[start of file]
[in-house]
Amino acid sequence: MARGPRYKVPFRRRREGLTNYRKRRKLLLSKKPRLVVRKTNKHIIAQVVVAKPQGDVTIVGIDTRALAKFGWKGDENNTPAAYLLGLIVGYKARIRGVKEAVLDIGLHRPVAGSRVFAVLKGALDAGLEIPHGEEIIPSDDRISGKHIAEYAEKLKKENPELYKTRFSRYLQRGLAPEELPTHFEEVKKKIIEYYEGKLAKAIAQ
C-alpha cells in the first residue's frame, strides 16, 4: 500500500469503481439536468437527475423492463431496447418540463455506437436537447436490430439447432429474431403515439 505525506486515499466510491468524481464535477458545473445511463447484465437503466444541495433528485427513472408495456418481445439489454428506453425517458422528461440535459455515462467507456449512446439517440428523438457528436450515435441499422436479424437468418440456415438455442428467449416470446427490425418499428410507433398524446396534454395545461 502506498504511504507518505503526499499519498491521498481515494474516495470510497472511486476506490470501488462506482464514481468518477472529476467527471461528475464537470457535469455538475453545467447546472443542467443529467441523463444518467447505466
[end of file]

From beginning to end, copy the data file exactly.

[in-house]
Amino acid sequence: MARGPRYKVPFRRRREGLTNYRKRRKLLLSKKPRLVVRKTNKHIIAQVVVAKPQGDVTIVGIDTRALAKFGWKGDENNTPAAYLLGLIVGYKARIRGVKEAVLDIGLHRPVAGSRVFAVLKGALDAGLEIPHGEEIIPSDDRISGKHIAEYAEKLKKENPELYKTRFSRYLQRGLAPEELPTHFEEVKKKIIEYYEGKLAKAIAQ
C-alpha cells in the first residue's frame, strides 16, 4: 500500500469503481439536468437527475423492463431496447418540463455506437436537447436490430439447432429474431403515439 505525506486515499466510491468524481464535477458545473445511463447484465437503466444541495433528485427513472408495456418481445439489454428506453425517458422528461440535459455515462467507456449512446439517440428523438457528436450515435441499422436479424437468418440456415438455442428467449416470446427490425418499428410507433398524446396534454395545461 502506498504511504507518505503526499499519498491521498481515494474516495470510497472511486476506490470501488462506482464514481468518477472529476467527471461528475464537470457535469455538475453545467447546472443542467443529467441523463444518467447505466